A Continued Discussion On Police Brutality In Lakewood

I am glad that after years of being around national, state, and local police violence that posting a story about how it appears in Lakewood has created a discussion in our city. I am glad that Bob Stoltys and John Mazzei have continued the discussion in the past print and online posts. They each mention points that I would like to respond to because if Lakewood wants to strive to be unique among Cleveland's inner ring suburbs and be exceptional to them, then continuing this discussion where white suburbanites in this area dare not touch might add to the city's sense of pride in their city. Now is the time to discuss matters of racism and race in America and that makes Lakewood a part of the discussion. 

Regarding Bob's points, I do think that all resources might be helpful if Lakewood City Council members do not deliver in respecting and maintaining the Robinson family's safety. I do not speak for the Robinson family, but I do support them because their safety is my safety and it is so easy for police brutality cases to fall by the wayside in our criminal justice system that often protects the aggressors, not reassure the victims. Bob pointed out the harassment case regarding a detective's inadequate handling of a transgender woman not too long ago, and since transgender people are likely to experience harassment and murder in the hands of law enforcement, not to mention the systemic neglect of their murders in general, it does bring cause to lift up this intersectional concern.

The only point I disagree with is that while bringing this matter to the Federal Bureau of Investigation might prove helpful, it is my knowledge that this matter could be brought to the Ohio Supreme Court at the most and that if the city does truly believe that Lakewood police officers are being trained in de-escalation techniques and "proper use of force," then let's see where this due process of law goes. So far, Dan O'Malley seems to be the only civil servant to care about this case as it happened in his ward. I think that O'Malley does know the risks in neglecting a case like this on his end now that legal stipulation has amplified the attention of the city on matters concerning its citizens of color. It would be great if the rest of City Council felt the same way, but if they value citizen correspondence then there is hope, so I'll encourage the Lakewood populace to say their piece to their respective councilperson on this issue, as well as the candidates running. 

As to John's response, I use the library every day and do know its policies, and I don't think there isn't a citizen in this city who doesn't. I sometimes play music, podcasts, and movies at a volume that does disrupt my neighbor's own use, and often, a librarian will tell me to turn the volume down respectfully. But, I am white and this treatment is not given the same consideration if I was a person of color. You have mentioned that there is an "other side" and you assume that Sabrina Robinson's daughter was purposefully loud and disruptive when there is a reasonable doubt that she wasn't, and that being a black teenager in a predominantly white-run space is enough to be considered "loud" and "disruptive" to you, because the black body is something you may not feel entirely comfortable with, let alone black expression. If a person of color's presence is so disruptive to you, maybe you need to familiarize yourself with people of color more and get to know them and not let your prejudices and assumptions color your judgment because seeing race different than yours is a problem and Sabrina Robinson's daughter shouldn't have to pay the price of a broken jaw because of a physical assault done by a police officer for your prejudices and assumptions.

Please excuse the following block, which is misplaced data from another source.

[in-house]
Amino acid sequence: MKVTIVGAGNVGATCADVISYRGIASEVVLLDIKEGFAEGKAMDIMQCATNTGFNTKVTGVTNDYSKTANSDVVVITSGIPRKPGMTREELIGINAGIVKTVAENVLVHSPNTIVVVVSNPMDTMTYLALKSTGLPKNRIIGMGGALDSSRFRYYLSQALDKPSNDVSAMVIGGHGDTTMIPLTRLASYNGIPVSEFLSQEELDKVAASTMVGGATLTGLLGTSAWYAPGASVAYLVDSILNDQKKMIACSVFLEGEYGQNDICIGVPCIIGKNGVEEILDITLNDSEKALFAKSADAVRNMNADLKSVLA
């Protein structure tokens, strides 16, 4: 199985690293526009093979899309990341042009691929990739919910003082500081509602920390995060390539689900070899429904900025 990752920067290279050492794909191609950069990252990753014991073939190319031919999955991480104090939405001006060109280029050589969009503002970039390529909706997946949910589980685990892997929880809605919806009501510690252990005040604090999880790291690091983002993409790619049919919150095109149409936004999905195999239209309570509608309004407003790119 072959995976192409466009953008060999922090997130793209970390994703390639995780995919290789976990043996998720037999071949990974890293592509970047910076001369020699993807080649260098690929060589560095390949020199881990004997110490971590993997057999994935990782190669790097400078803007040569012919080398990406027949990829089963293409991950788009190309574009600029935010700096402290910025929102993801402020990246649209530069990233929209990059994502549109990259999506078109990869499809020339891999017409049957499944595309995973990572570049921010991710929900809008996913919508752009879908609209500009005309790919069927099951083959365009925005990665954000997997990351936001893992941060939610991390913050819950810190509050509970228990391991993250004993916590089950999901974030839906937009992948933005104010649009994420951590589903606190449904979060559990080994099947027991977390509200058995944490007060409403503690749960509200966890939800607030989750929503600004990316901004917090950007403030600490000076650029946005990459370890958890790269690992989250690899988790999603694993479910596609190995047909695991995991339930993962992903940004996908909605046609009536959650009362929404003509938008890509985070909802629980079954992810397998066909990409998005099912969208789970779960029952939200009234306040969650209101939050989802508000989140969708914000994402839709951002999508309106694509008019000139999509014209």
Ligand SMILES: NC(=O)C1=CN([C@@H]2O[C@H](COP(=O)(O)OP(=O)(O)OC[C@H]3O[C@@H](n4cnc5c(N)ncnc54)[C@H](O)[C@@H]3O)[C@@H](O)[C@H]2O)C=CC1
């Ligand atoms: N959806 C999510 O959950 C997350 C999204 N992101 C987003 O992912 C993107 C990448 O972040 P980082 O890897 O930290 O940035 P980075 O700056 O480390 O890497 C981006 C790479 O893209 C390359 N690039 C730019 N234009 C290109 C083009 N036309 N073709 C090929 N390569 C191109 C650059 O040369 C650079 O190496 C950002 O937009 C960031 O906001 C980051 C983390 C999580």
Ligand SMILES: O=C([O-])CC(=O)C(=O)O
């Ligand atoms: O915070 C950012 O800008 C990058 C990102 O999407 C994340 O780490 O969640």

If it was your daughter, would you allow the mistreatment done against her by Officer Jones to stand? I would assume that you wouldn't. Police brutality happens to people's daughters and sons. Police brutality happens to people's mothers and fathers. Police brutality is an American reality and it needs to be solved. I can assume that since this case involves people whom you don't know, let alone socialize with, that you don't mind condoning police violence because it probably will never happen to you even though it has happened to people who live in this city because they want to probably for the same reason you do. But, since I don't technically know you except from your response, maybe you will respond and the real discussion about accountability and personal responsibility could continue. You could also sit in the discomfort of what reading this might reveal about you, but that's your call. I just don't want to see the national disease of police violence to infect this supposed sanctuary city known for its diversity and inclusive polices to affect my own sense of safety in this city that I've called home for close to three years. 

I still believe that police brutality has no place in Lakewood or any city. I wonder why people like Jon Mazzei need to feel safe at the price of someone's innocence, and why the need to assume guilt because it involves a person of color is so necessary. There is no point to ask for safety if not everyone feels safe, because that makes "protect and serve" a privilege, not a right, and that doesn't sit with me these days.  

Tim Collingwood

I am a Lakewood resident  who has  written blogs for Tumblr and  TCM, and was the Akron Classic Movie Examiner. I would like to write about issues pertaining to social justice issues and how they are affecting the Lakewood community. I believe in the power of citizen journalism. 

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Volume 13, Issue 14, Posted 12:35 PM, 07.18.2017